Consider the Donut

Or, From There to Here With the Simpsons

Old episodes of The Simpsons are great. The other night “Bart After Dark” was on and I really enjoyed seeing it again. It’s from season eight, the one where Bart ends up working in the Maison Derriére. I thought it was older; mind you, this makes it nineteen years old. When I thought about the episode later on that evening, I realised how the story anarchically set out in multiple directions before settling into its main storyline. This still happens in newer Simpsons episodes, though the show is rarely as joyfully chaotic now as it was back then.

It made me realise that my life has followed this same pattern. Settling in to a particular state of affairs after a period of anarchic abandon, with diminishing returns as the years go by. I don’t believe, as some people seem to, that The Simpsons isn’t funny anymore. It just can’t use the same techniques to make its way as it used to, it just got older. I feel the same myself: I used to get by making it up as I went along until something stuck, but nowadays I feel less convinced in my ability to do so.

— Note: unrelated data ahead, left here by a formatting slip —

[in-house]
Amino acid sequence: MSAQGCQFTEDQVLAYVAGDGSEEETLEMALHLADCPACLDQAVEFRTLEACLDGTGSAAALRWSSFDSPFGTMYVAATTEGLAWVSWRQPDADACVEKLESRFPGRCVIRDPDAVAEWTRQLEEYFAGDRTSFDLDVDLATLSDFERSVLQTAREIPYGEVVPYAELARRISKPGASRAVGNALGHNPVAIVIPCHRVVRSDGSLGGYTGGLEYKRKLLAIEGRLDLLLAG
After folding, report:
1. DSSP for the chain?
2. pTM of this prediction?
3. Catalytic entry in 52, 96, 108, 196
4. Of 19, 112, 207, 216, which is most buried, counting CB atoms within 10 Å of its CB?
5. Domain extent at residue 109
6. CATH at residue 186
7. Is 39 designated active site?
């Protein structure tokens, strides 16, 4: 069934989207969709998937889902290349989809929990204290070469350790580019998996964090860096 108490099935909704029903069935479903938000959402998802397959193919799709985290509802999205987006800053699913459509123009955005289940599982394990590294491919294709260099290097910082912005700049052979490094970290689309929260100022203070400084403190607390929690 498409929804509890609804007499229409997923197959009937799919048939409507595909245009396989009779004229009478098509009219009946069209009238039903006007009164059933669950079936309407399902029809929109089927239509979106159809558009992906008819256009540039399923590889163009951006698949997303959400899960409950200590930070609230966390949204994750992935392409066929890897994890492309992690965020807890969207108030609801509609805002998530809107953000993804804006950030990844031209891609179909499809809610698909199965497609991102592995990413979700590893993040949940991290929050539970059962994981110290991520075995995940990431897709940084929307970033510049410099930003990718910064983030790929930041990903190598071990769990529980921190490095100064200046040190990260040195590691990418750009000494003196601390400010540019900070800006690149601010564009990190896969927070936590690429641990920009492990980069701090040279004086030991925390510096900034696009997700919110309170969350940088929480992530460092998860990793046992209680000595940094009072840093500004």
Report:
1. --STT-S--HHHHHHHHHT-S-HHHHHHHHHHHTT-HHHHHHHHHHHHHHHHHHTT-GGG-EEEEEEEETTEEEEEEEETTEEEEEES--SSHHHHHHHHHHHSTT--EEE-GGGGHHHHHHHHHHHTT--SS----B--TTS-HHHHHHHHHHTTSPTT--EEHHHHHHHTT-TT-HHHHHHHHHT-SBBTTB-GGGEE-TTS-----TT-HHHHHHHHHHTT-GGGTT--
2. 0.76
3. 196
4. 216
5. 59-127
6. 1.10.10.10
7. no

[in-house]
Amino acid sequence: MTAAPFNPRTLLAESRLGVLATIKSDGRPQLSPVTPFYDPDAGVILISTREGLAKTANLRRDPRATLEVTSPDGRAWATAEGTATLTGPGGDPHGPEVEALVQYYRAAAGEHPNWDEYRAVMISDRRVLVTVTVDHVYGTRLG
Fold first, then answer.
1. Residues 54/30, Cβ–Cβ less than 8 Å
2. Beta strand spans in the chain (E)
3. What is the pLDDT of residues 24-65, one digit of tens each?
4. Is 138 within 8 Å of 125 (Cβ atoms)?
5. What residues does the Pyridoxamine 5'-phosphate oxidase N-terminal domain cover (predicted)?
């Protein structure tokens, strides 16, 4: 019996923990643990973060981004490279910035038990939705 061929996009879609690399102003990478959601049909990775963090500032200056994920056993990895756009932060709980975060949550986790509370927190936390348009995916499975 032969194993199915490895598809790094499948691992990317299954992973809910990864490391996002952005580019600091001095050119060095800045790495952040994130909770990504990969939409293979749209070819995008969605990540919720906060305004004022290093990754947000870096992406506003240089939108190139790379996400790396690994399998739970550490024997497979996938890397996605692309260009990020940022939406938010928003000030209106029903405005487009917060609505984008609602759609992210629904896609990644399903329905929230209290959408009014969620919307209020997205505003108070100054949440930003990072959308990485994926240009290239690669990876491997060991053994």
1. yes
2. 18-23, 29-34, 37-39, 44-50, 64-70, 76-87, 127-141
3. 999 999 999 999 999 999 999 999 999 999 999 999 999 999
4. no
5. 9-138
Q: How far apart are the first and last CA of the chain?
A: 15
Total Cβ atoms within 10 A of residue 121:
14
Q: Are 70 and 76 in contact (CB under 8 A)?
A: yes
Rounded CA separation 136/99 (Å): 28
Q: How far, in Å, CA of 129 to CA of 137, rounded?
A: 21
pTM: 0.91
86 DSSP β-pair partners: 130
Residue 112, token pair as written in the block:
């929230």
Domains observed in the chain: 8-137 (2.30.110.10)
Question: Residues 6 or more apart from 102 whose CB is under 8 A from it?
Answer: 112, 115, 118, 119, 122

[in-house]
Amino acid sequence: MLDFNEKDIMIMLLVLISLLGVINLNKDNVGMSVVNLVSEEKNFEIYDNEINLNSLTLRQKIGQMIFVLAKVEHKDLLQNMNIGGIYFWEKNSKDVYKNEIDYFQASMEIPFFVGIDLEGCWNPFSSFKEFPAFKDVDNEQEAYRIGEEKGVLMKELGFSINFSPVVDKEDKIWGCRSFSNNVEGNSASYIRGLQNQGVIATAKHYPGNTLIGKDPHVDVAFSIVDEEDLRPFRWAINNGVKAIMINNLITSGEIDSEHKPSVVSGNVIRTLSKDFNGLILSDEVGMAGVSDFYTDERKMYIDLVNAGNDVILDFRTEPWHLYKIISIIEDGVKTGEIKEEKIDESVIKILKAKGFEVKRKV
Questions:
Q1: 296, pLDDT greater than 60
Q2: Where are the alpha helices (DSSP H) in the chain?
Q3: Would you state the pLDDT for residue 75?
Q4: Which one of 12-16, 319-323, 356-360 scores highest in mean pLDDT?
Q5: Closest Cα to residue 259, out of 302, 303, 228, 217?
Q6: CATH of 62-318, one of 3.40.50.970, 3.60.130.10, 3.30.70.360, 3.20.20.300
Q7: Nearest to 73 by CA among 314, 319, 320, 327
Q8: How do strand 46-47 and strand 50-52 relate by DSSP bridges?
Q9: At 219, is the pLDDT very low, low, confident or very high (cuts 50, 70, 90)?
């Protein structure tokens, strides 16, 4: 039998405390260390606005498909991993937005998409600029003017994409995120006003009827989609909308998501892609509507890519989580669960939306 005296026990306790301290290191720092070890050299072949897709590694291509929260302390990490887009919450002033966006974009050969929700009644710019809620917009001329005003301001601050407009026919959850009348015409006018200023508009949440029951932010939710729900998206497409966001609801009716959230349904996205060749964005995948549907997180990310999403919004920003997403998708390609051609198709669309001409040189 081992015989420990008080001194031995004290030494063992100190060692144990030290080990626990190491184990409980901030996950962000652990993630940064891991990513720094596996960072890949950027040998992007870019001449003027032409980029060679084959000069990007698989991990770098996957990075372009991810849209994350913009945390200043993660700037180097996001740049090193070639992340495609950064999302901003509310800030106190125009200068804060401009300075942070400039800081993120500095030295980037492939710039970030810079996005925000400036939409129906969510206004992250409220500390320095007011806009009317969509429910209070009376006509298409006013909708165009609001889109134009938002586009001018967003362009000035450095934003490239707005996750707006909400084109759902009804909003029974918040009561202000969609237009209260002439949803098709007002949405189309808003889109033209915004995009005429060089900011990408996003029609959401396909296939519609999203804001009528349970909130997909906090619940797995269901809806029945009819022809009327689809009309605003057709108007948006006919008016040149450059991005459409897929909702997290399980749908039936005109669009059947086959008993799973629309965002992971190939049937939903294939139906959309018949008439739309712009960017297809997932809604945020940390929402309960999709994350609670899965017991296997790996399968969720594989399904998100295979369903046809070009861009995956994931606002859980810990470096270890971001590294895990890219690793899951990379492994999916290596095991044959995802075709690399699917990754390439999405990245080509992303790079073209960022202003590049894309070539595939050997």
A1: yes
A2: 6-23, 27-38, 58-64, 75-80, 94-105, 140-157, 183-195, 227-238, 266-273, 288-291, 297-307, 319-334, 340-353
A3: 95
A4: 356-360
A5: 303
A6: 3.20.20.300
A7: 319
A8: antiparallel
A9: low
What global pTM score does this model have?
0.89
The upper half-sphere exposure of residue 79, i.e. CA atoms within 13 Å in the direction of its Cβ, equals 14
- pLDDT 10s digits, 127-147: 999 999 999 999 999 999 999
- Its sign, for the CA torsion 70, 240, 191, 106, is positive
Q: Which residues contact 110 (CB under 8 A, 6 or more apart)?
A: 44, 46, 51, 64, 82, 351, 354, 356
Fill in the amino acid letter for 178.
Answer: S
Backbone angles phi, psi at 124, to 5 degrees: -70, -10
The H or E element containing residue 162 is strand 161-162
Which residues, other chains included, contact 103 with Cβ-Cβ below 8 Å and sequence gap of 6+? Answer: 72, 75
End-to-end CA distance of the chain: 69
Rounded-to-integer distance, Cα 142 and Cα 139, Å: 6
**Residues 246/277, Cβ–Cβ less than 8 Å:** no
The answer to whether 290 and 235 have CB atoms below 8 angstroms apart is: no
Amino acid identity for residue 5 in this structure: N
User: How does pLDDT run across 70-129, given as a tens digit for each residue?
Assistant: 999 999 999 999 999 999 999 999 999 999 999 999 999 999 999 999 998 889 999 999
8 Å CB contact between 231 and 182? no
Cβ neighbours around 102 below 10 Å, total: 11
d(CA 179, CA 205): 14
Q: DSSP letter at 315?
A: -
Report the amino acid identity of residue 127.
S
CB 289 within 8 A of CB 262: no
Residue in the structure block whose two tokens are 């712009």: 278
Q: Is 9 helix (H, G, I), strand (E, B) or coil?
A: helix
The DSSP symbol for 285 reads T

In the very next episode (Yes! Two consecutive episodes on two consecutive nights! Finally!), “A Milhouse Divided”, Homer consoles Marge with the following advice: “You can’t keep blaming yourself. Just blame yourself once, and move on.” There’s a lot to be said for the wisdom of Homer Simpson - even it is of the broken clock variety. There is a wonderful sense of non-attachment in both that quote from Homer and the scattershot opening to the “Bart After Dark” episode (which, in case you’ve forgotten, veers from V-chip to crashed oil tankers to satirising celebrity charity work to garbage angels to North by North West to caterpillars - before even reaching the burlesque house).

Marge: Homer, is this how you pictured married life?

Homer: Yeah, pretty much, except we drove around in a van solving mysteries.

So even though the episode (s) made me think about the cyclical nature of life, they’ve also reminded me of how important it is to embrace life’s events in the moment. I too can rock and roll from one situation to another and be confident that it’ll all make sense in the end. And yeah, things may go around and repeat themselves but that’s a cause for celebration. To repeat the words of Homer: “You can’t keep blaming yourself. Just blame yourself once, and move on.”

· Ideas, The Simpsons, Fifteen

⇠ Andy Weir, The Martian

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